# A ring $R$ which can be written as a direct sum of two ideals.

Let $R$ be a unital associative ring and

$$R=A\oplus B,$$

where $A$ is a two-sided ideal of $R$ and $B$ is a right ideal of $R$. Does it follow that $B$ is a two-sided ideal of $R$?

I feel like the answer should be yes. Say I take an arbitrary element $(r,s)\in R$, I need to show that $(r,s)b\in B$ for all $b\in B$. But an element of $B$ can only be written as $(0,b)$ for some $b\in R$, so

$$(r,s)(0,b)=(0,sb)\in B.$$

I feel like I am missing something and it's not that simple, since I'm not using the fact that $R$ is unital at all. What am I missing here?

• It seems to me that if $A \oplus B$ denotes the direct product of rings, with operations by component, then $A \oplus 0$ and $0 \oplus B$ are ideals of $A \oplus B$, without any further conditions. Am I missing something? – Andreas Caranti Oct 20 '16 at 11:23
• @AndreasCaranti Pretty sure he's using it to denote the direct sum of right ideals of $R$, where one just happens to be a two-sided ideal. The multiplication would just be the ring multiplication. As such, the multiplication wouldn't be component-wise, it would be internal to the ring, and there's the possibility of cross-terms making problems. – rschwieb Oct 20 '16 at 14:36
• @rschwieb, thanks, you opened my eyes. – Andreas Caranti Oct 20 '16 at 14:40

## Counterexample

Let $R$ be a ring with identity and a proper ideal $A$, and assume also that there is a nonzero element $e\in A$ such that $ea=a$ for all $a\in A$ and yet there exists an $a'\in A$ such that $a'e\neq a'$. (For example, you could take any rng $A$ with a left identity $e$ that isn't a right identity, and then unitize it in the standard way into the ring $R=\mathbb Z \times A$.)

Now let $B$ be the subring $(1-e)R(1-e)$, and consider the subring of $R$ that is $S=A+B$. It's important to remember that $e$ is idempotent and so $e(1-e)=0$. Notice also that $1=e + (1-e)\in A+B$.

Clearly $A\cap B=\{0\}$, because if $a=(1-e)r(1-e)$, then left multiplication by $e$ yields $a=ea=0$. Having shown this, we now have that $S=A\oplus B$. $A$ remains an ideal in $S$ since it was an ideal in $R$. Furthermore $B^2\subseteq B$, and $BA\subseteq B$ (in fact, $BA=\{0\}$) so $B$ is a right ideal of $S$.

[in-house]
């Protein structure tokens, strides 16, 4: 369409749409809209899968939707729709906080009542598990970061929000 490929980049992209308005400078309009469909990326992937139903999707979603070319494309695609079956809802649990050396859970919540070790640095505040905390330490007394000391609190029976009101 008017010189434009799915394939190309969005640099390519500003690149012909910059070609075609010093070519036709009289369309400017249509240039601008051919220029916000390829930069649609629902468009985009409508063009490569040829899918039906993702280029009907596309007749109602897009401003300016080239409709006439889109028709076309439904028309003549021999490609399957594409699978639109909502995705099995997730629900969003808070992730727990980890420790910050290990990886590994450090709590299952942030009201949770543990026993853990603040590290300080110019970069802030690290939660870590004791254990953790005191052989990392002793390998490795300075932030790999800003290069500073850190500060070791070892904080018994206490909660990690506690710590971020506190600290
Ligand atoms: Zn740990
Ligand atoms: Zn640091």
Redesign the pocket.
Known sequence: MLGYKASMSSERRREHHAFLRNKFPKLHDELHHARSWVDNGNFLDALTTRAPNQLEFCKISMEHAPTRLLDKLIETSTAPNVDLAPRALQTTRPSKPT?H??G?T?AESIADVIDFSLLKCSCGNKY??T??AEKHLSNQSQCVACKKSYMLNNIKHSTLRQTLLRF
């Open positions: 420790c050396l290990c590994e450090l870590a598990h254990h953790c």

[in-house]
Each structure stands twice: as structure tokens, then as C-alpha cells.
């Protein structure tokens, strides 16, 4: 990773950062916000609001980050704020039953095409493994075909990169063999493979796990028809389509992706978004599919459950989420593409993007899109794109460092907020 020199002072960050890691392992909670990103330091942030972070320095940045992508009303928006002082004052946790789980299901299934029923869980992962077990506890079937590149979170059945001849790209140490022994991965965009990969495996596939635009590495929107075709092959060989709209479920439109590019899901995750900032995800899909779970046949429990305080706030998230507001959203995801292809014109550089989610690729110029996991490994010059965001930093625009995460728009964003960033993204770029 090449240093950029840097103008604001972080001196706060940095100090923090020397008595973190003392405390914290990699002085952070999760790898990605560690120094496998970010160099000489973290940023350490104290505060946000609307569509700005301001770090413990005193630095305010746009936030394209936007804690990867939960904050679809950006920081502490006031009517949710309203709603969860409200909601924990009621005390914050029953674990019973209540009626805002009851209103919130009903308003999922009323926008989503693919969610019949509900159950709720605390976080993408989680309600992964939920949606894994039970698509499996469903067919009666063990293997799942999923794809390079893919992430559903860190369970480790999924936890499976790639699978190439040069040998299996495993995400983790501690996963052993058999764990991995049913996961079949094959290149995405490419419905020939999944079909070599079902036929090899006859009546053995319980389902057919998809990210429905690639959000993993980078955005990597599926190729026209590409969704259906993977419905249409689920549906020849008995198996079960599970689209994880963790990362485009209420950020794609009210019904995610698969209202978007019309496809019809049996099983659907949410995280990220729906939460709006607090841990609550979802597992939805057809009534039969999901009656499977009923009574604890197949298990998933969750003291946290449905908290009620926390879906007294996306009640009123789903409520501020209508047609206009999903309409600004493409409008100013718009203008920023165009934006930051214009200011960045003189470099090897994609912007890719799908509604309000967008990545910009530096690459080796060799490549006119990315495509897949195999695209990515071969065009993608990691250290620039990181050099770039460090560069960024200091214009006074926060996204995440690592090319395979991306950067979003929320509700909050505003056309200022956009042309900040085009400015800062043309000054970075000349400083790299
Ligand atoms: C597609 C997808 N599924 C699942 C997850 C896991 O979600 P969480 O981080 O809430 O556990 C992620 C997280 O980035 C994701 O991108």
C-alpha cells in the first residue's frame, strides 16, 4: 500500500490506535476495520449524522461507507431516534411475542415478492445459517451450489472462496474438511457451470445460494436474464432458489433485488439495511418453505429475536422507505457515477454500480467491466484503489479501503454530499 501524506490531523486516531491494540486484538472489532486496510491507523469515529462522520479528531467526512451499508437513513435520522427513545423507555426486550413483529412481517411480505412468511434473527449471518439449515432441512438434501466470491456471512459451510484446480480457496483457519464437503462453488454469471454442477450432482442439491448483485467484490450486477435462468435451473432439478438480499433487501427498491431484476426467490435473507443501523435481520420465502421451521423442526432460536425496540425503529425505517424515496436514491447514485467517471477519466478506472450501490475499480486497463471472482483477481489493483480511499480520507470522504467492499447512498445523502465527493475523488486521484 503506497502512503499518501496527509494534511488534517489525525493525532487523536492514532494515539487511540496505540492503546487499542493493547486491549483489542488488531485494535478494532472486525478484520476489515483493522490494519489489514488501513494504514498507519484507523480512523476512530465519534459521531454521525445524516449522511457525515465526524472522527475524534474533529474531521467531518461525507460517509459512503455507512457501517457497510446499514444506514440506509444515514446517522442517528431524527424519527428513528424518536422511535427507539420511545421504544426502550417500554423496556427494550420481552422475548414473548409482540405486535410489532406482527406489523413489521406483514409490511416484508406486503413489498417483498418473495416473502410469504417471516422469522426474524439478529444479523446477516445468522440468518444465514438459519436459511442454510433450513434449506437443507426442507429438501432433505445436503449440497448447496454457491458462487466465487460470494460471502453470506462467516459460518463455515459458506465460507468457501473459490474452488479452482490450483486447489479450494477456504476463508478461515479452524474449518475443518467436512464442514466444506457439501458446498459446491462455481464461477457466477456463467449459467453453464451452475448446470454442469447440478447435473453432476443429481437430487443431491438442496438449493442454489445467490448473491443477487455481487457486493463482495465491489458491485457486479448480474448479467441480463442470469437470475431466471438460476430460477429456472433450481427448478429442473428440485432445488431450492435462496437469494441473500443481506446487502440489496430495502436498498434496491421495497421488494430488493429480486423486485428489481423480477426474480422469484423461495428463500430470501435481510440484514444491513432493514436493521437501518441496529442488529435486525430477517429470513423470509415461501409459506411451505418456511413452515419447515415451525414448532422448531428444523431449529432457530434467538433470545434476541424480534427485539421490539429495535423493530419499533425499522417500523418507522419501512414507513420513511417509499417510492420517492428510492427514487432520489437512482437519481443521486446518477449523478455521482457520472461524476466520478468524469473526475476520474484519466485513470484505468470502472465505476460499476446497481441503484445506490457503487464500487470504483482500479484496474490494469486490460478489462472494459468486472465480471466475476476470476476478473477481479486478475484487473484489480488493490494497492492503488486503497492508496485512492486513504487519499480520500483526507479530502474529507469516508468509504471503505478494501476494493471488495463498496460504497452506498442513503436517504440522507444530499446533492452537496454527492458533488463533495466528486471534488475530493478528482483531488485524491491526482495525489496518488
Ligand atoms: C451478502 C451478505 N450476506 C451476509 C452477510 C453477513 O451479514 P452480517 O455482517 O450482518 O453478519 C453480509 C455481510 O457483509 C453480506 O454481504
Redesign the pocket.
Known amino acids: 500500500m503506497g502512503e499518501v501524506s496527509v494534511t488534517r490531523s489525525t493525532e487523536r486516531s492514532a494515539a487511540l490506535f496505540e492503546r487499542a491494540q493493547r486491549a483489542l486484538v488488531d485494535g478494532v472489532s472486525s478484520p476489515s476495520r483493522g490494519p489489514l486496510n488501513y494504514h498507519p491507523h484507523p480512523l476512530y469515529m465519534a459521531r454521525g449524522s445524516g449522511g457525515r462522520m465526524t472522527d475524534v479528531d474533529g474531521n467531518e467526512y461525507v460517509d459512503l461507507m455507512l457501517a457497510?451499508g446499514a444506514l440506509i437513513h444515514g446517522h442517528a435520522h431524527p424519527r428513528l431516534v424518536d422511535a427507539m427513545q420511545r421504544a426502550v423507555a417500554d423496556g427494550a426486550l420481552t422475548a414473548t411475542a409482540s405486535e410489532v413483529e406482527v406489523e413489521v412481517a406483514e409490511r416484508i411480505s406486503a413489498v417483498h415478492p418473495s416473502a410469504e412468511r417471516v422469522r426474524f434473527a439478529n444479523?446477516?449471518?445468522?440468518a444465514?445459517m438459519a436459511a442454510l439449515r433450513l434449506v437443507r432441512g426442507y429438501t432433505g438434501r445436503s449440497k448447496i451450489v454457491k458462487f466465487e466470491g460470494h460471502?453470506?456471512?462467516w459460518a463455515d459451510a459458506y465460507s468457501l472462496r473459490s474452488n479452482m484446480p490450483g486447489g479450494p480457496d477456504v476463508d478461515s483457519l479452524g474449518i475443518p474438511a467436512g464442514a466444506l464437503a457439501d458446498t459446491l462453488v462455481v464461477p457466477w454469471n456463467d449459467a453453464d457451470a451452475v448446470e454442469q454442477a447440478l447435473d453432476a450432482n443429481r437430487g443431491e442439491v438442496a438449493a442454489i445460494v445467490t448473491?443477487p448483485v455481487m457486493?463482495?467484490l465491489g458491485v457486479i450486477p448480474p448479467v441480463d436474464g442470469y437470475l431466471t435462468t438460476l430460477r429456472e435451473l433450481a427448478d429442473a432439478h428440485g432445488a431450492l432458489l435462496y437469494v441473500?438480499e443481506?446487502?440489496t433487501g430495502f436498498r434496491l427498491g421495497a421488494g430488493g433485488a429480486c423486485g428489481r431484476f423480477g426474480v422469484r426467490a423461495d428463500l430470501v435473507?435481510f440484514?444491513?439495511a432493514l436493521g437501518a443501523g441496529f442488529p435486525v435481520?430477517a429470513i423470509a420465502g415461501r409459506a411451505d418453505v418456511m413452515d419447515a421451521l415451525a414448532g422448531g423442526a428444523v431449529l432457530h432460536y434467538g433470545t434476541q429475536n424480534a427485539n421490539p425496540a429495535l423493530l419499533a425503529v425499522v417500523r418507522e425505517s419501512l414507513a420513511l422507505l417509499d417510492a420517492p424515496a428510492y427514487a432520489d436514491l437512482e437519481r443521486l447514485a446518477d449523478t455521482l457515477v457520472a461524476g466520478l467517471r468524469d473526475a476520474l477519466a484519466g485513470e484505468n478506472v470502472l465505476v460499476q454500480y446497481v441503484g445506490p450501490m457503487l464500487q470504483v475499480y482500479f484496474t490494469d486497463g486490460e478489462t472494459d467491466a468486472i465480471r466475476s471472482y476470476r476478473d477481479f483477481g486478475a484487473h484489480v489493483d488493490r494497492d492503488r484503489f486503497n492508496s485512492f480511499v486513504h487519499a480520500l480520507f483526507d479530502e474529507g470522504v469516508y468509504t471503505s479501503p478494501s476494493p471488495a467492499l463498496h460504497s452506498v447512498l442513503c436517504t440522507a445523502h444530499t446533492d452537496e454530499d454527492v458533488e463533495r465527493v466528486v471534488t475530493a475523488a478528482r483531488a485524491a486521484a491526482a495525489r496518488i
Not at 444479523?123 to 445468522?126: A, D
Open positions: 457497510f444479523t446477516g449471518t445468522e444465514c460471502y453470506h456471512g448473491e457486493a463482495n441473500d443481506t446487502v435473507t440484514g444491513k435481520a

Of course, $a'(1-e)\in A\setminus \{0\}$, and it cannot be in $B$ since $A\cap B=\{0\}$. Nevertheless $a'(1-e)\in AB$, so we see that $B$ does not absorb multiplication on the left in $S$, so $B$ isn't a left ideal.

If writing $R = A\oplus B$ means that $R$ is the direct sum of two additive subgroups $A$ and $B$, and $A$ happens to be a 2-sided ideal while $B$ happens to be a right ideal, then it need not be true that $B$ is a 2-sided ideal.

Example. $R$ is the ring of upper triangular $2\times 2$ matrices over a field, $A$ is the ideal of $R$ consisting of matrices of the form $\left[\begin{matrix} *&*\\0&0\end{matrix}\right]$ and $B$ is the right ideal of $R$ consisting of matrices of the form $\left[\begin{matrix} 0&0\\0&*\end{matrix}\right]$.

• This was my first thought too, but I discarded it after noticing a deleted answer retracting the scheme. Looks like he would have had it if he had reexamined his choice of $A$ and $B$. It's a rather good special case of the scheme I was outlining with $e=\begin{bmatrix}1&0\\0&0\end{bmatrix}$ – rschwieb Oct 20 '16 at 14:55
• @KeithKearnes Sry. I did not read carefully. – martini Oct 21 '16 at 7:50